In the 2000s, Miles has veered into a new series title Global Noize. As of now there have been three releases: Global Noize (2008), Global Noize: A Prayer for the Planet (2011) and Global Noize—Sly Reimagined (2013). “I came up with the idea for Global Noize in 2008 after a late-night jam session at the Blue Note,” he says. “This project is big goal of mine: to merge funk, grooves and world music with great melodies and superb musicianship and production. We have three albums down now and I put the project aside for a couple of years but many friends encouraged me not to give up on the project so I am making a new Global Noize album called Plugged Into the Universe. The album is dedicated to the late Bernie Worrell.”
Miles sees Blue Is Paris as a sequel of sorts to his 2015 collaboration with trumpeter Jensen. That album received glowing reviews, with JazzTimes stating, “This is music crafted in the spirit of late Miles Davis, but it’s very much of its own time…Kind of New is kind of now,” and Something Else Reviews called the music a “refreshing reconnect with the innovations [Miles Davis] introduced some 45 years ago.”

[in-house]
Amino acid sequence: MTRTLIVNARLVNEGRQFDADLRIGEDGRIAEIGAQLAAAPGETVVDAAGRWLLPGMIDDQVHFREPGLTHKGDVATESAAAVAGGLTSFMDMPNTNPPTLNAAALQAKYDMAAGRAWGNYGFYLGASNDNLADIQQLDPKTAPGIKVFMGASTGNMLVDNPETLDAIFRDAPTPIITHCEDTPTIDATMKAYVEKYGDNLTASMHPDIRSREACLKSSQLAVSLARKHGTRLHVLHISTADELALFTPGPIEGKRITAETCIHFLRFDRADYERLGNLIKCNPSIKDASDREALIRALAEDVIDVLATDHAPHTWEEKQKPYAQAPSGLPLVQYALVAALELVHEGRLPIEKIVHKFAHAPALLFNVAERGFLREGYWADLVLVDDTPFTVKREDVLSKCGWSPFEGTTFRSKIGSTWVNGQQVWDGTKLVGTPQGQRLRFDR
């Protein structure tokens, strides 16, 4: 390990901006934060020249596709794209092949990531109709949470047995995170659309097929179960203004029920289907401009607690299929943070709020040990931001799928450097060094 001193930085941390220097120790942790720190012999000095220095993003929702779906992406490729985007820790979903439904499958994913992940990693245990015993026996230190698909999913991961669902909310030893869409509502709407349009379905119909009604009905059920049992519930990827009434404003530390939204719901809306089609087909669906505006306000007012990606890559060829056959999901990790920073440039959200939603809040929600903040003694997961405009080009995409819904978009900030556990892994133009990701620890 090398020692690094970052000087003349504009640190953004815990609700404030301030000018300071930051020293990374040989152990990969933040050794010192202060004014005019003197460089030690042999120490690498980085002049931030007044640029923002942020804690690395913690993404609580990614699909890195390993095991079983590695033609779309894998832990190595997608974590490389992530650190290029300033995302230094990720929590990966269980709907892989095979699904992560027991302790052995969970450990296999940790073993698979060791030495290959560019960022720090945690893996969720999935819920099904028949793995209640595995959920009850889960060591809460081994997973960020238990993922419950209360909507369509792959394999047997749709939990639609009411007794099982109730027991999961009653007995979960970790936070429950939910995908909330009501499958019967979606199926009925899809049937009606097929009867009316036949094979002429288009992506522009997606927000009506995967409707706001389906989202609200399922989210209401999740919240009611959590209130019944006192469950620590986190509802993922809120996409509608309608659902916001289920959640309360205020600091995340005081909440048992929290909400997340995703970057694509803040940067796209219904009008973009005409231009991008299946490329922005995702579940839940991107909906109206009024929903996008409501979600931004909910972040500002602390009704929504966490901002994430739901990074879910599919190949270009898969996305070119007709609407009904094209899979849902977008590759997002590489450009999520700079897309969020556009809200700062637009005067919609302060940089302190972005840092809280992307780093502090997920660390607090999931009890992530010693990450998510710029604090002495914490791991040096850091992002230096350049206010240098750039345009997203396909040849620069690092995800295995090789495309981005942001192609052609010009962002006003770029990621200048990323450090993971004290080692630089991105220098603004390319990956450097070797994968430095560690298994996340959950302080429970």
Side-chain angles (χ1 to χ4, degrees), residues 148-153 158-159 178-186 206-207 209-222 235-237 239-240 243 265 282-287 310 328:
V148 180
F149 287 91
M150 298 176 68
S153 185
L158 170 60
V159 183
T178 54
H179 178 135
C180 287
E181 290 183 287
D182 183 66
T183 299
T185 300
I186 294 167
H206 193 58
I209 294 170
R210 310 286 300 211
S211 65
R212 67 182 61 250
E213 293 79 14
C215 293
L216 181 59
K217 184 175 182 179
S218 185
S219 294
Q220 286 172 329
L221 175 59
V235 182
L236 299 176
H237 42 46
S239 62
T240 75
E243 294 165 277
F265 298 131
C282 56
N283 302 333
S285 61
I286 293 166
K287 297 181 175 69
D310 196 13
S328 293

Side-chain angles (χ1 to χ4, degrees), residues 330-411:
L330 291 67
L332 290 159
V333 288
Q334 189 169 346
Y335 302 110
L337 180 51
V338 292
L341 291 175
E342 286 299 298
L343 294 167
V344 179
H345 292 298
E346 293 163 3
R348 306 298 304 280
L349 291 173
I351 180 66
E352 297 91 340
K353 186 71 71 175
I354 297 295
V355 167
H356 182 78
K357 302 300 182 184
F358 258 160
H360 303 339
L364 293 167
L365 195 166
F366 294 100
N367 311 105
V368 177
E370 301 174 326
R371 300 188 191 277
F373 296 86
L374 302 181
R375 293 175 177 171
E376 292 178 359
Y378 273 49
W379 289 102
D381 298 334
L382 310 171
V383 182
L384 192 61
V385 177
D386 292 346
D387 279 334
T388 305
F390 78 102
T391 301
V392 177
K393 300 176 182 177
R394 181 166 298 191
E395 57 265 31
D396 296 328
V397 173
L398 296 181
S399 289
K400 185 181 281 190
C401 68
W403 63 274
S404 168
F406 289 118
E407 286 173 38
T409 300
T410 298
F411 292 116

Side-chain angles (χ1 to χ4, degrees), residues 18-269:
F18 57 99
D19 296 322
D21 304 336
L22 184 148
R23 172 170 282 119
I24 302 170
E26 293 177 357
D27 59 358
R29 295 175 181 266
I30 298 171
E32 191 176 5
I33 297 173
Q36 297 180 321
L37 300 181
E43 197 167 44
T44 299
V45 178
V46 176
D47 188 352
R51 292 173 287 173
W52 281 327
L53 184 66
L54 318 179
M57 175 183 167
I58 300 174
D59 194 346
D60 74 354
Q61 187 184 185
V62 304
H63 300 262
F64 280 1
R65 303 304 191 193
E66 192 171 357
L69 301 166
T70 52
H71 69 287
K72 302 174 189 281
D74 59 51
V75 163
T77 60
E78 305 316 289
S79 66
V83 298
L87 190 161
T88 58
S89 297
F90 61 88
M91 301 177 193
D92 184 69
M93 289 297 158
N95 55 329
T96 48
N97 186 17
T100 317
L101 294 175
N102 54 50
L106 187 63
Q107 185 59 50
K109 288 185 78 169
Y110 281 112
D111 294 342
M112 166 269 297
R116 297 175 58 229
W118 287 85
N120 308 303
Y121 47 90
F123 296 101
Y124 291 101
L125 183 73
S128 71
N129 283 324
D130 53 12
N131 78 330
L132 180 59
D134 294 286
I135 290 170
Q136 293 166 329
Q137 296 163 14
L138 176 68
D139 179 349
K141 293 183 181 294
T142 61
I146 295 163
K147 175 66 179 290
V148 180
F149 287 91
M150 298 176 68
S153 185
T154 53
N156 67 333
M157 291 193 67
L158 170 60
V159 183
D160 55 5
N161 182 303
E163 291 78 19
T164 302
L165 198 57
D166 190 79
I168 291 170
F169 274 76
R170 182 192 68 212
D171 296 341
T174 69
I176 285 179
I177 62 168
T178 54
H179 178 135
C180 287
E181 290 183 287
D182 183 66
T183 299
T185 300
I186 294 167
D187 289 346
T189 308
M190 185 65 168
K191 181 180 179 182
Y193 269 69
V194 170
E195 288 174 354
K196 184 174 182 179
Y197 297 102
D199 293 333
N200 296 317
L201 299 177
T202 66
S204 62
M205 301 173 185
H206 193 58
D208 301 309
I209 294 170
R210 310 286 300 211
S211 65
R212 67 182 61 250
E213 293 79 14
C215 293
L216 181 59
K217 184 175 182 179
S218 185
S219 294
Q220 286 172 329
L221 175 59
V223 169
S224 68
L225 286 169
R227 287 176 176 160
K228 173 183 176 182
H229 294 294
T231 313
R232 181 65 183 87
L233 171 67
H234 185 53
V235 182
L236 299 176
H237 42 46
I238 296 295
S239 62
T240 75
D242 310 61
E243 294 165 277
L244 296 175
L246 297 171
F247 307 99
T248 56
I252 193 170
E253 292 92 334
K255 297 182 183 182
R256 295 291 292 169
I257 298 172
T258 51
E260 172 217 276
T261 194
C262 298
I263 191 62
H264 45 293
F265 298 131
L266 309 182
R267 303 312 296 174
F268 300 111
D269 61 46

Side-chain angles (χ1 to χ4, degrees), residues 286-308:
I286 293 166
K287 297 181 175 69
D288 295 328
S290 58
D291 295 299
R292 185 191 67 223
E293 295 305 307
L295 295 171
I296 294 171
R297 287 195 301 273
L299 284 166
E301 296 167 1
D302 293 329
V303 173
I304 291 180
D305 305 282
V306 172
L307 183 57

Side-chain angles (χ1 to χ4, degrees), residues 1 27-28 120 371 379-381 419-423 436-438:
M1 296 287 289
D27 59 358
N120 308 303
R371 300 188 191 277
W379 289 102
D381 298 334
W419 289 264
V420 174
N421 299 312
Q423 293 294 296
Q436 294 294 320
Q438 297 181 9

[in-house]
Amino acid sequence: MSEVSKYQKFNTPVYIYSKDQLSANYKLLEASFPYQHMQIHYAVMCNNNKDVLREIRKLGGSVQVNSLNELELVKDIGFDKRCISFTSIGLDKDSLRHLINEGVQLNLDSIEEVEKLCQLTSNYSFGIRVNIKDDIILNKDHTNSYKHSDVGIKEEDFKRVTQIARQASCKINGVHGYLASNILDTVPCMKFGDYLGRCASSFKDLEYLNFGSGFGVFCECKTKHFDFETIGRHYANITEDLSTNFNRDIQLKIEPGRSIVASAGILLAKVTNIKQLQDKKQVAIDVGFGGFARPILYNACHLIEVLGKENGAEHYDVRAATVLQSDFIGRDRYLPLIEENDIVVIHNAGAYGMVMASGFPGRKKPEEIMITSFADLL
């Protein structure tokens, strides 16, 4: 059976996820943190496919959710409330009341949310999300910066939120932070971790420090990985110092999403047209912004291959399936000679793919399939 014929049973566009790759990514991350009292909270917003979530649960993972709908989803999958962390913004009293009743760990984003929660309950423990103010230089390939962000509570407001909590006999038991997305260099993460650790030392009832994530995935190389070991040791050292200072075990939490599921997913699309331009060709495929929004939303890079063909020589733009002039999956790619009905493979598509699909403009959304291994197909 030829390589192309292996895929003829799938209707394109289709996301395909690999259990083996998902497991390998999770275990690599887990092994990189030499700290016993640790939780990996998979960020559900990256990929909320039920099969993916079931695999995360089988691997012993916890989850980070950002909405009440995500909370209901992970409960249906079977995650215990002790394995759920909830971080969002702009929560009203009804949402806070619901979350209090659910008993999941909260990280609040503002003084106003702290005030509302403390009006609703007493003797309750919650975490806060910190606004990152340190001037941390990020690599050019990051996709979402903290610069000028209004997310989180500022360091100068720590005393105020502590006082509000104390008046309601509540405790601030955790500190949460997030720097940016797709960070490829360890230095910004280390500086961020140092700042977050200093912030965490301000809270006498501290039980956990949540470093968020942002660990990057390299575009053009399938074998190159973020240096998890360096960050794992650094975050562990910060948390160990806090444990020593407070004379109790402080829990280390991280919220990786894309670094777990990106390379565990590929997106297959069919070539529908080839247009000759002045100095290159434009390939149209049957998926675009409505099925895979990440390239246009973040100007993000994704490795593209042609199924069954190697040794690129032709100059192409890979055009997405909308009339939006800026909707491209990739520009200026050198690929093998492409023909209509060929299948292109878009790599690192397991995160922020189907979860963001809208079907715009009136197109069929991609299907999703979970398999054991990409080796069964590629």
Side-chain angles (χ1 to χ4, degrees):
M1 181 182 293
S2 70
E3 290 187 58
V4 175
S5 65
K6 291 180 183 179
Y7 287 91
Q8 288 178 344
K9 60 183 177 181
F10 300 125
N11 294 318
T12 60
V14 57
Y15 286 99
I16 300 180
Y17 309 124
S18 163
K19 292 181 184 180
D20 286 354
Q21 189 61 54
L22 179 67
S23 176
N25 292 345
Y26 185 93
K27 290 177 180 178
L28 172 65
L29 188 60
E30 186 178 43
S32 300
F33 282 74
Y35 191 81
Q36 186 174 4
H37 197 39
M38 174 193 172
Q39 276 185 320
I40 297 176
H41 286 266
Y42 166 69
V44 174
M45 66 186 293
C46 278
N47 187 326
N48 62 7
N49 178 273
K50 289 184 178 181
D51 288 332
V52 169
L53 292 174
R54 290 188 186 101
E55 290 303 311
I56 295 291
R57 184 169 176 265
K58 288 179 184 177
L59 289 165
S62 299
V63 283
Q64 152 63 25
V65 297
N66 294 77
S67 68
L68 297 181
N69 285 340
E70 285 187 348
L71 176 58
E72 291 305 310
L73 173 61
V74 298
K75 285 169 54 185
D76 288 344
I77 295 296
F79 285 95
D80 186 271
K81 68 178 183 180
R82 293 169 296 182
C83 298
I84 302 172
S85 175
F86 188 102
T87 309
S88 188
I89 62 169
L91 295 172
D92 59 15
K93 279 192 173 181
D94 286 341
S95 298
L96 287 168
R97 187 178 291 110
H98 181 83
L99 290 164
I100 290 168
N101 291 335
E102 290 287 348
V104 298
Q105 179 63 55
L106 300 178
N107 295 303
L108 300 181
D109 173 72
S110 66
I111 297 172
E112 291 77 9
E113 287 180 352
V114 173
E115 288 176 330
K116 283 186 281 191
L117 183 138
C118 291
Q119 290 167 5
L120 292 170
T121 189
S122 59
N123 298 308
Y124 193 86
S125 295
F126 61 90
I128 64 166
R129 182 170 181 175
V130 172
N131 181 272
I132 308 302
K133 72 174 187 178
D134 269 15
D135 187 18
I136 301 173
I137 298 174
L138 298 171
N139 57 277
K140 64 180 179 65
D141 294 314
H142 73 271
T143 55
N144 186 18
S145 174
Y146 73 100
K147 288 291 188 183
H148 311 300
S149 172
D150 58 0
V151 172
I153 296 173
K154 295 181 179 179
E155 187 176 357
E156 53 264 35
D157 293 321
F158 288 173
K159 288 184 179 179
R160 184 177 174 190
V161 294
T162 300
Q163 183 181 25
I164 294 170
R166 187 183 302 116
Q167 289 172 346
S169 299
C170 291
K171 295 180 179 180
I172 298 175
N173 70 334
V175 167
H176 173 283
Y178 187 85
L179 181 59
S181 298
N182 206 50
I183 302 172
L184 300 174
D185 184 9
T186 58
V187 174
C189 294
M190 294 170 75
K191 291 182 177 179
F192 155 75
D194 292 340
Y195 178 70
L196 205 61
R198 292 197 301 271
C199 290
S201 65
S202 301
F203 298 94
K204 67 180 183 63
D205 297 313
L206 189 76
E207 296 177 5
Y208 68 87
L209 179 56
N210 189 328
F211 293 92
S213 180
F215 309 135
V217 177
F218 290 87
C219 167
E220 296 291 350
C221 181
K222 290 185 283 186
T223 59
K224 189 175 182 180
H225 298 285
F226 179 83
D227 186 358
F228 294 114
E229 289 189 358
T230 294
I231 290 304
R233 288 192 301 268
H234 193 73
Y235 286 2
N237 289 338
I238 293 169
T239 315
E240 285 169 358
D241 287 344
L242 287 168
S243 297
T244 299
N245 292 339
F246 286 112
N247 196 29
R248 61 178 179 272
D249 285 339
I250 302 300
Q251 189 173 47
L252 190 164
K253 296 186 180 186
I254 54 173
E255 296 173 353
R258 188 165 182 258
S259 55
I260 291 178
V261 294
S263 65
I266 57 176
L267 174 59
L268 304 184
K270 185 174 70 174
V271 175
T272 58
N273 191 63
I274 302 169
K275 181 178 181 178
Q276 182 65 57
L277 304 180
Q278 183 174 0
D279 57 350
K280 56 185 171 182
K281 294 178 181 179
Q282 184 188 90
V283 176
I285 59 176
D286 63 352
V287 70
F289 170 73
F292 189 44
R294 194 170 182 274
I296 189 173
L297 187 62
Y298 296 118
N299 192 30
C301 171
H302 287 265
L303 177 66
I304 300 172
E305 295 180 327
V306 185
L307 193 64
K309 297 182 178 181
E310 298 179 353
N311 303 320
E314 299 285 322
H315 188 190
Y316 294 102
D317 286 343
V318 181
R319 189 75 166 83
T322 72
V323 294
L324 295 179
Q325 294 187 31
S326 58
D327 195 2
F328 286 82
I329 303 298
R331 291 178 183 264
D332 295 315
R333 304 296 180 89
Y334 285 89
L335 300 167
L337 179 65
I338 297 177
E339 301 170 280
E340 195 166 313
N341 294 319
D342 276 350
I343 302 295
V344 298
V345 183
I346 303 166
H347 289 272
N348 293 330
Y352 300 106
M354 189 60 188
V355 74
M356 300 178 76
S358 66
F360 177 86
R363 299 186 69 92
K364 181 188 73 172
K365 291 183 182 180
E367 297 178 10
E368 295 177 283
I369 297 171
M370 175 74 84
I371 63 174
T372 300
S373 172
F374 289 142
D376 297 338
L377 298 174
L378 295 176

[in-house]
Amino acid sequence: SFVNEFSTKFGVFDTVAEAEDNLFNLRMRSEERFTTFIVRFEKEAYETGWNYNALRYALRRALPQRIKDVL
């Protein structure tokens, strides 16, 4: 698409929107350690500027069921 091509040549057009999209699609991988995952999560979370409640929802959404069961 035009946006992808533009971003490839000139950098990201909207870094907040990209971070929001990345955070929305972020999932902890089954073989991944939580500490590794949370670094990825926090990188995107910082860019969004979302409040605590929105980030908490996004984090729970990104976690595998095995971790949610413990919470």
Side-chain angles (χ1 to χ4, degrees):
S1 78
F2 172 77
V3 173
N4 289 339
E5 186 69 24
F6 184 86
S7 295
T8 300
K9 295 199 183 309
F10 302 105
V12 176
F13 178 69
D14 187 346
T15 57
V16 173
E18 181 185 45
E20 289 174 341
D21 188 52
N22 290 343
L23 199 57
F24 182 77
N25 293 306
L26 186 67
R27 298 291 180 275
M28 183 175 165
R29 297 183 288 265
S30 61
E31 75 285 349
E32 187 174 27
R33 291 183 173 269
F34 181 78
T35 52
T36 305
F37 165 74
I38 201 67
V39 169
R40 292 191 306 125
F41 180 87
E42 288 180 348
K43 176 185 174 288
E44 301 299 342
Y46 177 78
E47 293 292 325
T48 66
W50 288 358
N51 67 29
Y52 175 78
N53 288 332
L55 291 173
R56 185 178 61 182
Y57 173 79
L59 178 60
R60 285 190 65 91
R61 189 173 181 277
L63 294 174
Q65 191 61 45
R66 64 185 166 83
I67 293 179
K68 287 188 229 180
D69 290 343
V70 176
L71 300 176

While Miles is indebted to and appreciative of the roots of the music he chooses to play, he reiterates that it’s all done in the service of pointing it toward the future. “People many times ask me, ‘Why are you so driven?’ You’ve done great things and worked with amazing people, Just kick back.’ I say it doesn’t work like that. You get better as you get older and have even more of a desire to make great music. It’s getting the opportunity to do it that that is now the challenge. I believe in myself and know that I am so much better now musically than I’ve ever been and I am still curious about what lies ahead. I will keep doing that.”